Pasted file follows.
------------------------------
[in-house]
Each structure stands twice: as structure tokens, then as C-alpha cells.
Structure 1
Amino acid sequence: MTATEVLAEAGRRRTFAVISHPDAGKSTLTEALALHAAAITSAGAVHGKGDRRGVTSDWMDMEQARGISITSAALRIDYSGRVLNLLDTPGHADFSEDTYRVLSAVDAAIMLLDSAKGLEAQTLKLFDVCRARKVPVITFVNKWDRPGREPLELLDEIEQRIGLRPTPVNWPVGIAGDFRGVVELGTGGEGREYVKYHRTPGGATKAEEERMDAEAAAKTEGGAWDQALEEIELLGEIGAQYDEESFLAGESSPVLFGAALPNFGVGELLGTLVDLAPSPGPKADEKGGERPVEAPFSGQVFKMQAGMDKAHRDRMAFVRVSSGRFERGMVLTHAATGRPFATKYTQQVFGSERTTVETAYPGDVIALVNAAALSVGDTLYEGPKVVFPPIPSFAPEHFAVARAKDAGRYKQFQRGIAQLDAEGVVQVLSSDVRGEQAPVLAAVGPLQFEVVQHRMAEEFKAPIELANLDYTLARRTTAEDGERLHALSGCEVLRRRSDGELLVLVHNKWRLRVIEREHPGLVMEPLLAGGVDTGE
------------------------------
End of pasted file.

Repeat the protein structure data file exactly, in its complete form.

[in-house]
Each structure stands twice: as structure tokens, then as C-alpha cells.
Structure 1
Amino acid sequence: MTATEVLAEAGRRRTFAVISHPDAGKSTLTEALALHAAAITSAGAVHGKGDRRGVTSDWMDMEQARGISITSAALRIDYSGRVLNLLDTPGHADFSEDTYRVLSAVDAAIMLLDSAKGLEAQTLKLFDVCRARKVPVITFVNKWDRPGREPLELLDEIEQRIGLRPTPVNWPVGIAGDFRGVVELGTGGEGREYVKYHRTPGGATKAEEERMDAEAAAKTEGGAWDQALEEIELLGEIGAQYDEESFLAGESSPVLFGAALPNFGVGELLGTLVDLAPSPGPKADEKGGERPVEAPFSGQVFKMQAGMDKAHRDRMAFVRVSSGRFERGMVLTHAATGRPFATKYTQQVFGSERTTVETAYPGDVIALVNAAALSVGDTLYEGPKVVFPPIPSFAPEHFAVARAKDAGRYKQFQRGIAQLDAEGVVQVLSSDVRGEQAPVLAAVGPLQFEVVQHRMAEEFKAPIELANLDYTLARRTTAEDGERLHALSGCEVLRRRSDGELLVLVHNKWRLRVIEREHPGLVMEPLLAGGVDTGE